Malta lagging behind on making government data available online
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In the Digital Economy and Society Index 2016 (DESI 2016) published by the European Commission, Malta has been placed 11th out of the 28 EU Member States.
Malta’s score is above the EU average and its performance is equivalent to that of countries which have developed faster than the EU during last year. The Malta Information Technology Agency said that, “nonetheless, Malta is still lagging behind when it comes to making government data available online and the take up of mobile broadband.”
The report emphasises Malta’s connectivity, which is higher than the EU average and is the 9th best among the EU countries. Maltese households are covered by fixed broadband which provides access to fast broadband of at least 30 Mbps.
The report also shows that the take up of these services is well above EU average and the majority of users have already chosen fast broadband services. On a negative note, the take up of mobile broadband is still below EU average, although 4G services are available to the majority of the population.
According to the DESI report, Malta still needs to encourage citizens to make use of the internet. Although there has been a 4% increase in regular users since last year, the report reveals that there are still 22% of the Maltese population who have never used the internet.
The report also remarks that only 52% of the users have at least basic digital skills and our country ranks in the 18th place when comes to STEM (Science, Technology and Mathematics) graduates.
Malta’s ranking in the usage of internet services was the 11th from the 28 countries. MITA said the data show that most of the Maltese users engage in reading online news, listen to music, watch films and play online games. They also use internet for voice or video calls and for social media.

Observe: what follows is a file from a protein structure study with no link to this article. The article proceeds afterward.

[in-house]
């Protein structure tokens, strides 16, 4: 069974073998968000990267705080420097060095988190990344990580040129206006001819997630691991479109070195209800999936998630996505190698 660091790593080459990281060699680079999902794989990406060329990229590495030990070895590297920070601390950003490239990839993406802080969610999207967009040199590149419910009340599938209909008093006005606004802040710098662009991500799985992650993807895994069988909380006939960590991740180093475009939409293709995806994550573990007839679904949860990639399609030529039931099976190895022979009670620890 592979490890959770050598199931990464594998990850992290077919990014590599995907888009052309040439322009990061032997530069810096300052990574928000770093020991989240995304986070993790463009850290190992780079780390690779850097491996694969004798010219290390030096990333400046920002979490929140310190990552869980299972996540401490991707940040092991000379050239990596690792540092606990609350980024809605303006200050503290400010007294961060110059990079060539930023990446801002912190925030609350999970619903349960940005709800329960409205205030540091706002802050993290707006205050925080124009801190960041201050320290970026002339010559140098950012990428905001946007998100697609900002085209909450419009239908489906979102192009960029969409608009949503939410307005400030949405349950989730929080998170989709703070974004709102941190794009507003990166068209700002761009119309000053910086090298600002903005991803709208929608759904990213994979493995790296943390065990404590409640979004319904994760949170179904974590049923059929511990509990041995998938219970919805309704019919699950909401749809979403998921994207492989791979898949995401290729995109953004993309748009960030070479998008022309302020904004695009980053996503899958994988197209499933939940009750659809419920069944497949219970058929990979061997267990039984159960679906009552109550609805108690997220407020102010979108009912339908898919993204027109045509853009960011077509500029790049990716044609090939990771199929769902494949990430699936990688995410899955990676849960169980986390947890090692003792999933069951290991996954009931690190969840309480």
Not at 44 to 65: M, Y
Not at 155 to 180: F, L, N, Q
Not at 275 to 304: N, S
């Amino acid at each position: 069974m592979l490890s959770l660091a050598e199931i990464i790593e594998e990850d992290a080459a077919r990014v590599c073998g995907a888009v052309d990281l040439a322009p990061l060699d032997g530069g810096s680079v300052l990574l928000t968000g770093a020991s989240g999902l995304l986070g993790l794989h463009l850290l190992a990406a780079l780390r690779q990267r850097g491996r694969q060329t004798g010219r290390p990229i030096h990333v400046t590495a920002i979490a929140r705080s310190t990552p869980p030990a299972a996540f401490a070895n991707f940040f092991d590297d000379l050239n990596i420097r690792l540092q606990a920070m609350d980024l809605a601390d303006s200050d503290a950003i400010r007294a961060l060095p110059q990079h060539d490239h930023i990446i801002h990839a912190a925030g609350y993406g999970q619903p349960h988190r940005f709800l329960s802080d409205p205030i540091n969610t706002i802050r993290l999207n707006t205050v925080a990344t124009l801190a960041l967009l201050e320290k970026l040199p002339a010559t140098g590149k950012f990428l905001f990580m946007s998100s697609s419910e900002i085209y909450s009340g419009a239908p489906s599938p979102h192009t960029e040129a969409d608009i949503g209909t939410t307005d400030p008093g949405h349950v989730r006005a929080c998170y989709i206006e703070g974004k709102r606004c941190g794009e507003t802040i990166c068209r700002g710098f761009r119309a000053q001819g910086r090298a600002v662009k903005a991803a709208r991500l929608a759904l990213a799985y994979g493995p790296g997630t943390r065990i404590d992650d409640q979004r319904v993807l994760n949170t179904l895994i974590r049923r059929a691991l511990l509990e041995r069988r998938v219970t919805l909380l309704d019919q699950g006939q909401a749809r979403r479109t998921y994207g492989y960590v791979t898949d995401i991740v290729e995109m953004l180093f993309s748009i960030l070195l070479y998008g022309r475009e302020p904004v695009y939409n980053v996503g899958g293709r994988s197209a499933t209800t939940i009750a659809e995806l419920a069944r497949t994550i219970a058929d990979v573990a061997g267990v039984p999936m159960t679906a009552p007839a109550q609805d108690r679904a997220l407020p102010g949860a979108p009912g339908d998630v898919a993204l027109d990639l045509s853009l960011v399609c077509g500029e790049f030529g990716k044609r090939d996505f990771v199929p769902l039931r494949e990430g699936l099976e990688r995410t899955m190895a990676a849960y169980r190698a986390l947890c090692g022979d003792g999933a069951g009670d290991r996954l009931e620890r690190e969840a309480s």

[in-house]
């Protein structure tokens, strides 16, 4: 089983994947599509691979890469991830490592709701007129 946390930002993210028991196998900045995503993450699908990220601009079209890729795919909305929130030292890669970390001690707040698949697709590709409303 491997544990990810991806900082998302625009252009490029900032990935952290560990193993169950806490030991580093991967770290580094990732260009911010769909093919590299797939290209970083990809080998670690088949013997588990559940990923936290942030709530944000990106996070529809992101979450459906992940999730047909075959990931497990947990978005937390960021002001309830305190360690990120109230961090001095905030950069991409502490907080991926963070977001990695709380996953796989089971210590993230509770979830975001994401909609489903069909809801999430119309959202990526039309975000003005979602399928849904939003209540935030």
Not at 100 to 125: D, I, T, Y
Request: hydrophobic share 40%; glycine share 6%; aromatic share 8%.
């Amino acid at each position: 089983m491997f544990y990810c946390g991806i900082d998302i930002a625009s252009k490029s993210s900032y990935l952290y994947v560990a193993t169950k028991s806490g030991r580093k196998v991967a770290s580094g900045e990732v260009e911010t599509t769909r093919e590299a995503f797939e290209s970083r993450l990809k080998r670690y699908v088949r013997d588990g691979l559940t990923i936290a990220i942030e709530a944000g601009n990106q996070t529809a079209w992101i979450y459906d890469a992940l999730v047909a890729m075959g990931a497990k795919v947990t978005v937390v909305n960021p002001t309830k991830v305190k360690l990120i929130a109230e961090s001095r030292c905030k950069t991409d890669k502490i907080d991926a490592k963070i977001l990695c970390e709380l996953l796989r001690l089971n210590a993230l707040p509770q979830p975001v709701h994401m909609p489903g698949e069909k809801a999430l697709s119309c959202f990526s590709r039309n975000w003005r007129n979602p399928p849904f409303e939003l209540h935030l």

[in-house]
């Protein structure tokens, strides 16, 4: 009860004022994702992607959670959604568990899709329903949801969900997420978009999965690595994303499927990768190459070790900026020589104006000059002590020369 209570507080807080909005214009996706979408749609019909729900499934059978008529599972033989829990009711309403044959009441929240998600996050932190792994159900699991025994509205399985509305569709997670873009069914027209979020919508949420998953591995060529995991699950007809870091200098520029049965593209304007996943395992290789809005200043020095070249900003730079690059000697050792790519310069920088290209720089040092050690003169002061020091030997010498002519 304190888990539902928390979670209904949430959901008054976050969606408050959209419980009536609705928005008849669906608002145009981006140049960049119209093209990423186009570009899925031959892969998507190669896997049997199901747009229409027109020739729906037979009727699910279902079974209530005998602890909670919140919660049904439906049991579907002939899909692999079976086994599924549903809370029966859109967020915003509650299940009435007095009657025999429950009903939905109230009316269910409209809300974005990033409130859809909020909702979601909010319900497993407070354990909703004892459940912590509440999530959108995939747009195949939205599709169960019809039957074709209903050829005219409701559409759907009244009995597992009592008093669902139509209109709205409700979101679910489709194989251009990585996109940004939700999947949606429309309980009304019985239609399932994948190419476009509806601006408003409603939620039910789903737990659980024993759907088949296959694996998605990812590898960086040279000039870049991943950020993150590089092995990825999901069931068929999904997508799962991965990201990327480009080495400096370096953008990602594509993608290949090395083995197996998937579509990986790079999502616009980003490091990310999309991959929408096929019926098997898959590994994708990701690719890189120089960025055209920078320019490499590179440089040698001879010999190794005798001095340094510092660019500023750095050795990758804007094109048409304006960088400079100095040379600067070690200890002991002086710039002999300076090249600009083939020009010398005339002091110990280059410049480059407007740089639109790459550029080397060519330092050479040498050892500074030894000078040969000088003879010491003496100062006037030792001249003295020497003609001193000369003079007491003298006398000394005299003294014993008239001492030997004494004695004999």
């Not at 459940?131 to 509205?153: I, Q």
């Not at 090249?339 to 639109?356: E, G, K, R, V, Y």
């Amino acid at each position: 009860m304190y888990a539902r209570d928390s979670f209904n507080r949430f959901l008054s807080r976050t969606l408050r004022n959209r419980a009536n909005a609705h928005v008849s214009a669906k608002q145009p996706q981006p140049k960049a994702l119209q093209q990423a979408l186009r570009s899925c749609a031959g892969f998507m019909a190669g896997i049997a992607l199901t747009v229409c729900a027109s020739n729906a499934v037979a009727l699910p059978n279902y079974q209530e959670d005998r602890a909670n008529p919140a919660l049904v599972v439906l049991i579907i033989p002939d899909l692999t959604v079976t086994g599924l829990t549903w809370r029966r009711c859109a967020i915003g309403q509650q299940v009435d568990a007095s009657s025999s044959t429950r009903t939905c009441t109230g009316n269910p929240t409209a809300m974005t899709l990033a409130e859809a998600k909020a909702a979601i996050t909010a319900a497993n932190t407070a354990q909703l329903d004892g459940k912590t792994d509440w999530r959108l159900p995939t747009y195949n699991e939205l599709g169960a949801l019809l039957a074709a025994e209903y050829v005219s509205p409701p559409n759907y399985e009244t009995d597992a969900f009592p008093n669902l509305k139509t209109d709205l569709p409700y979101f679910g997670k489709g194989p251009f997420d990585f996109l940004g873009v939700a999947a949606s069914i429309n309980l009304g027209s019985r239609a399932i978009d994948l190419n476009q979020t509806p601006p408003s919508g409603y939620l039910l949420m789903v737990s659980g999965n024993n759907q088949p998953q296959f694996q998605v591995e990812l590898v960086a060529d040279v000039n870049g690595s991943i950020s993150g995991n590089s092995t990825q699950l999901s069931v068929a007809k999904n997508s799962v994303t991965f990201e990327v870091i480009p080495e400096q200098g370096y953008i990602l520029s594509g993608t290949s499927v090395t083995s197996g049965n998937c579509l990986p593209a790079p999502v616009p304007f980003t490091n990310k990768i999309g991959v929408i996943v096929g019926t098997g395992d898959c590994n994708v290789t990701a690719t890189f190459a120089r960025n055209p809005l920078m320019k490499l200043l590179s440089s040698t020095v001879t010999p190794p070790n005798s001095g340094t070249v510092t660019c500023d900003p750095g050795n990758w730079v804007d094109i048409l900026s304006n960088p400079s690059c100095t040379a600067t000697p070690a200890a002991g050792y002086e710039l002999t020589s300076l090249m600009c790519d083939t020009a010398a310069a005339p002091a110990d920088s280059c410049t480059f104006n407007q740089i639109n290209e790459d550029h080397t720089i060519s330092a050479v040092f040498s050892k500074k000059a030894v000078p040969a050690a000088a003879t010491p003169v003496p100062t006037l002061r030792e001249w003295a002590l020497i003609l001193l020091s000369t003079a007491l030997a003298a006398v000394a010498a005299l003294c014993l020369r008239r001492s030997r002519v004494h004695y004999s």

Malta’s engagement in these activities is higher than the EU average. The same applies to the use of online banking and shopping.
The Commission’s report also remarks about the low exploitation of Electronic Information Sharing, eInvoices and eCommerce of SMEs by the local businesses. It states that in a true digital economy, businesses should take full advantage of these possibilities and benefits, to improve their efficiency and productivity, as well as to reach customers and realise sales.
On a positive note, the Commission recognises that 26% of enterprises use social media and the percentage of SMEs selling online to other EU member states is also high.
As for the Digital Public Services, MITA said that he report shows that Malta ranks above the EU average. However, the Commission expresses its disappointment towards the number of eGovernment users. The percentage of 28% puts Malta in the 18th position.
The Commission is satisfied with the electronic services offered, MITA said, but it is disappointed by the lack of use from citizens. In fact, it remarks about the low engagement of only 28% of internet users who are engaging with public authorities online. It also comments about Malta’s lack in making government data available.